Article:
A Cold War between the US, Britain and Germany

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Marcelo Jenisch
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A Cold War between the US, Britain and Germany

Post by Marcelo Jenisch » 23 Nov 2013 20:51

Hello,

Let's suppose that Germany defeats the USSR in 1941, and subsequentely the Allies realize it's impossible to defeat Germany. Britain remains independent in a peace treaty.

Economically, it's possible to have an idea of how the economies of Britain, the US and Germany would be in a post-war world in this scenario? I'm specially curious if the German colonization of Eastern Europe would make it's economy stronger than the American one.

Note: some may contestate the feasibility of the Allies give up to fight Germany, but let's considerate that the goal of the thread is discuss the economics of this "alternative" Cold War.

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Tim Smith
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Re: A Cold War between the US, Britain and Germany

Post by Tim Smith » 23 Nov 2013 23:11

The Soviet conquest of Eastern Europe didn't make the USSR economically stronger than the USA. Quite the reverse, since maintaining the giant Soviet military machine practically bankrupted the USSR. I can't see the Greater German Reich being any different - their military will cost more than the Soviet one because Siberia will still be a hostile Communist state, so Germany will still be facing enemies on two fronts.

This scenario is similar to that of the Robert Harris novel 'Fatherland' - see link for details.
http://en.wikipedia.org/wiki/Fatherland_%28novel%29

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Re: A Cold War between the US, Britain and Germany

Post by Marcelo Jenisch » 24 Nov 2013 00:02

Thanks for the participation, Tim.

Japan would be definately defeated in this scenario. I'm wondering if the Communist Revolution would still happen in China without Soviet support. I would say that if the Anglo-Americans quit hostilities with Germany in 1942, the Americans would trow a lot more military weight against the Japanese, which in turn would help the Kuomintang, as the Japanese would be defeated faster. The Americans also would have more material to provide for the nationalists.

In case the Chinese Revolution didn't happened, Nationalist China could be a valuable economic parner and allied in this post-war world with the US?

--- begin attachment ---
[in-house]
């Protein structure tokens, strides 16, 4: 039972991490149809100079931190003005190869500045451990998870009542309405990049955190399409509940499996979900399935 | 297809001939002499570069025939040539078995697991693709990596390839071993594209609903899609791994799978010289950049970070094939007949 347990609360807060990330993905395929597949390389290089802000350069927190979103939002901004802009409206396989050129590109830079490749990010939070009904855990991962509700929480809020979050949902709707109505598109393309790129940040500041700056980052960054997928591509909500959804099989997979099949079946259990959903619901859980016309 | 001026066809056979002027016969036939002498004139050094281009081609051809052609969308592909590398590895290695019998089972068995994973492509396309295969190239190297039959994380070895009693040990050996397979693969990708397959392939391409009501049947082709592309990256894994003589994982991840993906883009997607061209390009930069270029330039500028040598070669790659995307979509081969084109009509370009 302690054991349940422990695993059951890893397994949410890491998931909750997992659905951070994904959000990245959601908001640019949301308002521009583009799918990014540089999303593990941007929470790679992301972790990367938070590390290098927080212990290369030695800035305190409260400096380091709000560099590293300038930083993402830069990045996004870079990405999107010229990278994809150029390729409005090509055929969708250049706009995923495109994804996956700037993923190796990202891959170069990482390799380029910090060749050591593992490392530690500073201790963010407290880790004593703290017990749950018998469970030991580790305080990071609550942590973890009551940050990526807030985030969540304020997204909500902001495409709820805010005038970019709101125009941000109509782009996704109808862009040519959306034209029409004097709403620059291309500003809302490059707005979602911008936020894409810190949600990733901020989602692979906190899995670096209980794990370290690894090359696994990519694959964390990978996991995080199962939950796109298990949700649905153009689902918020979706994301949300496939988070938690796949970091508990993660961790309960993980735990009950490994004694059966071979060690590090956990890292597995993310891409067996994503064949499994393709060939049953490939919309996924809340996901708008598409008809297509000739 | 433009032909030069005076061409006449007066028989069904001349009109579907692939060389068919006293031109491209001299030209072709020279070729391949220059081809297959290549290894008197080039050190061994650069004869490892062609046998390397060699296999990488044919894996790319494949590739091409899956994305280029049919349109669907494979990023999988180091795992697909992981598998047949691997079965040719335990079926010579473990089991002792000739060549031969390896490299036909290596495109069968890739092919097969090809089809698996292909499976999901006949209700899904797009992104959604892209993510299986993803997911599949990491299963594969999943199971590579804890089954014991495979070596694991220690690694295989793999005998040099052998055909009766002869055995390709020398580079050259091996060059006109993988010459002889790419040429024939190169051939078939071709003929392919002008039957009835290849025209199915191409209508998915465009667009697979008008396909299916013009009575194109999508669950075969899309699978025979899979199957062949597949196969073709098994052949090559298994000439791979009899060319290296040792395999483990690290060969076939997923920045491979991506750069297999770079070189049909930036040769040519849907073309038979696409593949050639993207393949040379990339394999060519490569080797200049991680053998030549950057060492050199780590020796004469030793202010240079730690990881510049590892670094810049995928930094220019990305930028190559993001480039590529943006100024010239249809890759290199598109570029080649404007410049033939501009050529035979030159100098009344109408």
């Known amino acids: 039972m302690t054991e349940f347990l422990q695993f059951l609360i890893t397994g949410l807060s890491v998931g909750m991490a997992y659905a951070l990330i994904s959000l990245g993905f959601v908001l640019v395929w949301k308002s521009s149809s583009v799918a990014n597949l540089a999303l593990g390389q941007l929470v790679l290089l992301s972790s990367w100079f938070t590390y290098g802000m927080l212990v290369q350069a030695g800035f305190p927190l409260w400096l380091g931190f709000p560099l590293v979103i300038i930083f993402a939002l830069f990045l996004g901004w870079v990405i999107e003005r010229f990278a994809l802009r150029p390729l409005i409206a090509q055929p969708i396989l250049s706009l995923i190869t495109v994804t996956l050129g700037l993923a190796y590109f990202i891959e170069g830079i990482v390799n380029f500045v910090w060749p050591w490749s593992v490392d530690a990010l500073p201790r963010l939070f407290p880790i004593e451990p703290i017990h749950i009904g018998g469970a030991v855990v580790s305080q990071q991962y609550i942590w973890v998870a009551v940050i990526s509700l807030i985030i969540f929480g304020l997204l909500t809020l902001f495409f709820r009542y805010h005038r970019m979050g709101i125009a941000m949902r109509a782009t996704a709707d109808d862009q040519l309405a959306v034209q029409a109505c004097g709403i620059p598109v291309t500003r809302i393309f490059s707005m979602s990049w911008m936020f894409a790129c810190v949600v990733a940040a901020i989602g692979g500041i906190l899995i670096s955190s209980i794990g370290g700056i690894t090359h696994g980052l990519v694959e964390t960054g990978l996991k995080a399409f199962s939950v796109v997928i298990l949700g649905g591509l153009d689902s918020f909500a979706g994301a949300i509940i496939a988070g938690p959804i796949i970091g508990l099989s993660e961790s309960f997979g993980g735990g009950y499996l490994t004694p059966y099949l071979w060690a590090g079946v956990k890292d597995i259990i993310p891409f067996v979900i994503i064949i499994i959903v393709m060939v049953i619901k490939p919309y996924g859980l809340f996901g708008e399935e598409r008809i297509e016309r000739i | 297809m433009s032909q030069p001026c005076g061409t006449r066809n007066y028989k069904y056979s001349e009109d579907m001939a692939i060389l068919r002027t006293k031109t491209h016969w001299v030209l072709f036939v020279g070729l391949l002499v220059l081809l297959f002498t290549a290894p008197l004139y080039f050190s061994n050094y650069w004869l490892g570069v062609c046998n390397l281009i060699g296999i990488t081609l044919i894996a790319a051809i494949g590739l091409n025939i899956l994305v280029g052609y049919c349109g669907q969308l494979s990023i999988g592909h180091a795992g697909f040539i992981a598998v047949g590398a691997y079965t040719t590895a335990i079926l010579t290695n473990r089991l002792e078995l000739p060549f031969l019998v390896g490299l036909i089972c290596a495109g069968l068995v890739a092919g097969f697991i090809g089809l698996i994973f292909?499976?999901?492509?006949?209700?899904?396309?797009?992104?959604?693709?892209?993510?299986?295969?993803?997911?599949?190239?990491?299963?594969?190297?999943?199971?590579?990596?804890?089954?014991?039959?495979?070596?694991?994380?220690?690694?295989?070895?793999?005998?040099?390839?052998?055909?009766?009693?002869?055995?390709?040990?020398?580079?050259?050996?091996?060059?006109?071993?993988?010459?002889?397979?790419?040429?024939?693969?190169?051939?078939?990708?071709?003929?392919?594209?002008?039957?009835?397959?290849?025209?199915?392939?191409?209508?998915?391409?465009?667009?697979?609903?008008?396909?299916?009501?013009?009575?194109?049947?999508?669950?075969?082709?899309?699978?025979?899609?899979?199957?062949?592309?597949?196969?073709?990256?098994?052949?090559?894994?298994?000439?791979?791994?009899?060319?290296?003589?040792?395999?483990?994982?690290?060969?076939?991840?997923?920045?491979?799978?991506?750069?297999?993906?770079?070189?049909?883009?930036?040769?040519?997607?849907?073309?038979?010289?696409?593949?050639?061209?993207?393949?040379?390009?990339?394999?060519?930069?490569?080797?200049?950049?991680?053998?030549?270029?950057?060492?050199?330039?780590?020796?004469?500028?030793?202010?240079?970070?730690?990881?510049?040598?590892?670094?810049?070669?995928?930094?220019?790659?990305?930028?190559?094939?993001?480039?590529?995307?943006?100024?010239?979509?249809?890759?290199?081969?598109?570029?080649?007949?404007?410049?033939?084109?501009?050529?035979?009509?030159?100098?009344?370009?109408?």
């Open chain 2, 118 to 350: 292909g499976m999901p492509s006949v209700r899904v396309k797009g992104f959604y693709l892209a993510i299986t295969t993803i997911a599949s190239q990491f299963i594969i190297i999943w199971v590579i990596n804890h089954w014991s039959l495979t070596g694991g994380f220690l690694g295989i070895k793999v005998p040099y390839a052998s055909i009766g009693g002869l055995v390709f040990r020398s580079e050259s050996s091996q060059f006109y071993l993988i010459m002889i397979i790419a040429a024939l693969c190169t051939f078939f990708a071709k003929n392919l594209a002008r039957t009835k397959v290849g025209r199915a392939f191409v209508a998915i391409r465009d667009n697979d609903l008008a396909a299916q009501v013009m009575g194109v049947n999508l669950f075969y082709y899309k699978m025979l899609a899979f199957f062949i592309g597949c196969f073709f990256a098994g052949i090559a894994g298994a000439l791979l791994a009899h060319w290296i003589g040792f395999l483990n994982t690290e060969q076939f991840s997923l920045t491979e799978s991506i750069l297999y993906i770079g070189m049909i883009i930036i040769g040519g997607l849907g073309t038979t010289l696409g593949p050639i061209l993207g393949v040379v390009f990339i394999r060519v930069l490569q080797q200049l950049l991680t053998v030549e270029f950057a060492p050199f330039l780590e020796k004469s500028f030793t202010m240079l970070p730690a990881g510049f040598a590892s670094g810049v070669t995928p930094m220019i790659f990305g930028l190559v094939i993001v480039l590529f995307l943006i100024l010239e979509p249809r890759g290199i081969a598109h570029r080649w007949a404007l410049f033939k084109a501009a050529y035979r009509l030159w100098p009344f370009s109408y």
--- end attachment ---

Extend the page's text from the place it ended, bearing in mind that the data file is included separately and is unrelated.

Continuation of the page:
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Re: A Cold War between the US, Britain and Germany

Post by Marcelo Jenisch » 12 Dec 2013 19:43

Other thing: I know that Britain would be much more vulnerable due to German airbases and missiles in France, but post-war British jet bombers such as the Avro Vulcan carrying nuclear weapons would have a realistic chance of attack the main German urban centers in order to the British secure deterrence? This envolves consideration for new technology that maybe would developed differently in this scenario, but anyway, I let the question. :)
Last edited by Marcelo Jenisch on 12 Dec 2013 20:32, edited 1 time in total.

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Re: A Cold War between the US, Britain and Germany

Post by LWD » 12 Dec 2013 20:20

The German economy up to the start of the war was essentially one big Ponzy scheme. If they defeat teh Soviets and a peace treaty with the west ends the way would they change anything? I.e. would you end up with another Ponzy scheme that will cause the German economy to self destruct a few years out? Just who controls what at the end of the war is fairly important as well. How much of what used to be the USSR does Germany control? What exactly is the status of France, Belgium, Holland, Denmark, and Norway? I certainly don't see the "Reich" having a food surplus for several years and I'm not sure they'd have the exchange to buy it on the world market.

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Re: A Cold War between the US, Britain and Germany

Post by Marcelo Jenisch » 13 Dec 2013 00:29

Thank you for the participation, LWD.

I have the impression that the implementation of GeneralPlan Ost would cause great concern in the world (and consequentely in the trade relations with Germany). Intelligence agencies would detect the slaughter of the Slavic peoples and this would be transmited to the international community. Germany already managed to cause great concern and a world war just because it didn't have limits with it's military conquests. Just imagine the reaction of the international community if it realizes that the Germans also don't have limits in commit genocide against whole countries just to fulfill their interests.

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Re: A Cold War between the US, Britain and Germany

Post by Tim Smith » 21 Dec 2013 21:13